No Fluff Youth Ministry
One of the surest places to find fluff in the modern church is in her youth ministries. There are clowns and skits and youth ministers who perform antics to get more people to come to the meetings. Very often the leaders are chosen because they act just like the youth and so, it is thought, can relate to them. Rather than helping the youth to mature, it almost seems like efforts are made to prevent them from maturing.
One of the reasons it may seem this way is because this was indeed the desire of the leaders of the modern education movement that dominates our whole society. Educators like Granville Stanley Hall and John Dewey taught that young people are held back by the older generations and should be left free to emerge into a better society.
They promoted educational practices that were deliberately designed to lessen the influence of parents and adults on the rising generation. Those who embraced their philosophies, men like Dr. Benjamin Spock or those in the PET (Parent Effectiveness Training) movement, taught parents to leave their children to their own way, the exact opposite of what is taught in Proverbs 29:15 (“The rod and rebuke give wisdom, but a child left to himself brings shame to his mother”). Along with this, there was the exaltation of youth culture as superior to adult culture—that idea that wisdom is with the youth rather than with the mature. This perverted notion was promoted through stories and movies in which the young always came forth as heroes. With youth presented as the ideal, instead of children wanting to grow up, you had the emergence of a whole society in which everyone wanted to be young. The structure of society was also changed so that instead of identifying ourselves as families (the Joneses and the Smiths) we began to identify ourselves by our peer group (the Junior Highs, the Senior Highs, baby boomers, generation X, Y & Z). With this change, a child is more concerned about displeasing his peers than he is about displeasing his parents.
In the church, this new structure of society was gradually, almost unwittingly, embraced. At first, there was the emergence of Sunday school for church kids—originally it was for reaching children outside the church, but that was changed. Then further developments led to having “junior church” or “children’s church” with separate services just for kids filled with fluffy music, skits, games, and lots of entertainment. Interestingly, when these young people grew up, they wanted dumbed down, me-centred worship in the church similar to what they had as kids, and the older generation, already used to always listening to the young, dutifully submitted (see the article on no-fluff worship to see the problem of worship designed by the worshipper!)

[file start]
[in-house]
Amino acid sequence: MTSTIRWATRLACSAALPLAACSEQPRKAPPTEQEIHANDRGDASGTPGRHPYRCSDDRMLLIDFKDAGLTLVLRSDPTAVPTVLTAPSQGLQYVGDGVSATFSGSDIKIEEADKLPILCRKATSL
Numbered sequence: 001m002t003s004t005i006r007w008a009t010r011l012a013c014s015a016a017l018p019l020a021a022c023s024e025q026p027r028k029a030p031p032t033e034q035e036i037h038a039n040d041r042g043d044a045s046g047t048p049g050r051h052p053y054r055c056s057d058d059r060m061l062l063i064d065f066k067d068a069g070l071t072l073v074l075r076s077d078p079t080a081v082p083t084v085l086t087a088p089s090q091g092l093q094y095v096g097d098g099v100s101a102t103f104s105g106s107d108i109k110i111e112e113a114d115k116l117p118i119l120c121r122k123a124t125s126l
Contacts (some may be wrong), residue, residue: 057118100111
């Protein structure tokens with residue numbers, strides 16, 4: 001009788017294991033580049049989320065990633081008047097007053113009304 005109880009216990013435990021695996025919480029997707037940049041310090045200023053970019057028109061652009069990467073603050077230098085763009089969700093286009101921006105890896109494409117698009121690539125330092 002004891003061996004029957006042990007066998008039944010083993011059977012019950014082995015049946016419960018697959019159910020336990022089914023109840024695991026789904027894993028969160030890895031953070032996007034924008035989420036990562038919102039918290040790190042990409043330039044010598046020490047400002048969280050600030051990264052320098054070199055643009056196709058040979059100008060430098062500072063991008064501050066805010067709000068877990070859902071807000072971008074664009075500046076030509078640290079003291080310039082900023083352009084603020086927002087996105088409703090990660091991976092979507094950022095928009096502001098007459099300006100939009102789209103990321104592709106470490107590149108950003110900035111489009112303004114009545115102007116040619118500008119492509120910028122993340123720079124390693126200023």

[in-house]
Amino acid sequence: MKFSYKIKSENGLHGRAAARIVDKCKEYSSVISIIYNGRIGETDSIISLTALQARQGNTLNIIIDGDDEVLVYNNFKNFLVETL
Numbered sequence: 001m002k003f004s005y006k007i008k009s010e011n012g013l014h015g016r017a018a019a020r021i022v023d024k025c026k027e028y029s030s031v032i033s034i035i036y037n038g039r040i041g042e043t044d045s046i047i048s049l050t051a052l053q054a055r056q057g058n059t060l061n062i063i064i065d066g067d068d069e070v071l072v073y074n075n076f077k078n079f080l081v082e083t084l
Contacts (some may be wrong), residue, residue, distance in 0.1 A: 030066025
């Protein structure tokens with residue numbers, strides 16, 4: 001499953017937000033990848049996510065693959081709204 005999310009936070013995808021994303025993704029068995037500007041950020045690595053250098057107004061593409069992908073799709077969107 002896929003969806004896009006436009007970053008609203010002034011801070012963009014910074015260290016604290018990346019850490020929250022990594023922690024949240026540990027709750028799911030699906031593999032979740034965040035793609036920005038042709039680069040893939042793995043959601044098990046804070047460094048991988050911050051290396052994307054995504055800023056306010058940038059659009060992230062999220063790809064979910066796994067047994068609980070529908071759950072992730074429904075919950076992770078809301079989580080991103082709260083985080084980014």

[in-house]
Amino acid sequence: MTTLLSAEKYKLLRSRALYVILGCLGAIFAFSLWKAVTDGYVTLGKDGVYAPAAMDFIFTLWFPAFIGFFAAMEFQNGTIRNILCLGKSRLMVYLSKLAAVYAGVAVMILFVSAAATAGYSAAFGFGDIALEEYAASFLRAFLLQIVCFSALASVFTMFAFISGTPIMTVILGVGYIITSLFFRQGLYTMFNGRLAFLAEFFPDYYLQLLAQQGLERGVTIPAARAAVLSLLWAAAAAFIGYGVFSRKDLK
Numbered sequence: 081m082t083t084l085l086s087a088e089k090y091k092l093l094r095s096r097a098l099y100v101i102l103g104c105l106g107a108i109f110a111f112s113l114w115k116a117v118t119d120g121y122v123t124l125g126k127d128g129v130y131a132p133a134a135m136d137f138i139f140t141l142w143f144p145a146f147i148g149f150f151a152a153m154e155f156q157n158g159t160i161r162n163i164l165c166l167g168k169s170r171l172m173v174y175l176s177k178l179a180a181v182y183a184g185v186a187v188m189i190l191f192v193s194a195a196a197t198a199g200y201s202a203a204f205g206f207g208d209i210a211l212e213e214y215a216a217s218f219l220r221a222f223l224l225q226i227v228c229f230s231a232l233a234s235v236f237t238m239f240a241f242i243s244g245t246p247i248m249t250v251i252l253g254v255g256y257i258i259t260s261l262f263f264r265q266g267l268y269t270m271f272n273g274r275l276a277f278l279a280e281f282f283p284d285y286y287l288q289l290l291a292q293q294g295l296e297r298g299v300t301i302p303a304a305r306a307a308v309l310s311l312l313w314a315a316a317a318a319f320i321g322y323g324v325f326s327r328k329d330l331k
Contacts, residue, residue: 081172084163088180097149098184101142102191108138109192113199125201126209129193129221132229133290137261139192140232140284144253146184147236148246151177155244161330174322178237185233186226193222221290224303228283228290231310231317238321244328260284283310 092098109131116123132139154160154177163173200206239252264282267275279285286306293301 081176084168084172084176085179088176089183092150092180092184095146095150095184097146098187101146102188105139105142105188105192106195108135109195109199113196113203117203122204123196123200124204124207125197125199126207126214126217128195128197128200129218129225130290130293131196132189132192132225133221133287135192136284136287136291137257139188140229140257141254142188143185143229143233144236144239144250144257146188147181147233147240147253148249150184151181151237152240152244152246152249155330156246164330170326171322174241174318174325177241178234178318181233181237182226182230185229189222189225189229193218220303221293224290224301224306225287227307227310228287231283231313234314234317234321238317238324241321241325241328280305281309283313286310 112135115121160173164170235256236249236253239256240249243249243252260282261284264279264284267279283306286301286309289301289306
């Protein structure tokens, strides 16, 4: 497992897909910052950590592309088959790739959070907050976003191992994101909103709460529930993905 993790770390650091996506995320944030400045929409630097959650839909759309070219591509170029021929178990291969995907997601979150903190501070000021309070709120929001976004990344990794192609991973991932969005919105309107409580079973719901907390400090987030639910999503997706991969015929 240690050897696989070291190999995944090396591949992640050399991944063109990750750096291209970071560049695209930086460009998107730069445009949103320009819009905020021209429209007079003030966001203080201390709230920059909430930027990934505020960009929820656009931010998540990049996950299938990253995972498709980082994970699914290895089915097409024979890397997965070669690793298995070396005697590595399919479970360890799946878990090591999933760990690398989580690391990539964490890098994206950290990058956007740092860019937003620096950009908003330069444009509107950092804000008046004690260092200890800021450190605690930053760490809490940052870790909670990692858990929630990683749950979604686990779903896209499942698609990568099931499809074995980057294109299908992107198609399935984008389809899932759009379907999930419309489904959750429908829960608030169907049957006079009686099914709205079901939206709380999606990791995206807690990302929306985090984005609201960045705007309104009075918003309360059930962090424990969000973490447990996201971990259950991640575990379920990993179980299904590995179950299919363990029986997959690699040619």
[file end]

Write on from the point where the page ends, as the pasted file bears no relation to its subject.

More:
This whole way of thinking is completely contrary to the teaching of the scripture which stresses that the young are to learn wisdom from the aged. We have been taught for several generations to say that our fathers were out of it and did not know what they were talking about. But it is harder and harder to keep saying that this leads to the utopia that Hall and Dewey promised us. We have made progress in technology to be sure, but who could say that social and spiritual progress have been achieved?
Because of the prevalence and the standardisation of Sunday school, youth groups, and other such practices in the church today, the no-fluff church seems very radical when it follows scripture for ministry to the youth. Primarily, this involves returning the responsibility to the fathers to bring up their children in the nurture and admonition of the Lord (Eph 6:4, the whole book of Proverbs) and insisting that children honour their father and mother (Eph 6:1-3). In the no-fluff church, you will find intense discipleship of the men to equip them to lead their families in daily family worship in which they command their household to keep the way of the Lord (Gen 18:19, Deut 6:7, Eph 6:4), and you will find men bringing their children with them to worship (never sending them to a separate service). Children attended worship with their parents under the Old Covenant (Gen 35:1-3, Ex 10:9, Deut 31:12-13, Ezra 10:1) as well as under the New where we find the apostles addressing children as part of the congregation in their letters that were read in the assembly (Eph 6:1, Col 3:20). Families worshipped together for the first 1900 years of church history. The overall aim for church life is that of Titus 2:1-8 where the older impart wisdom to the younger instead of where the younger are bunched together with their peers.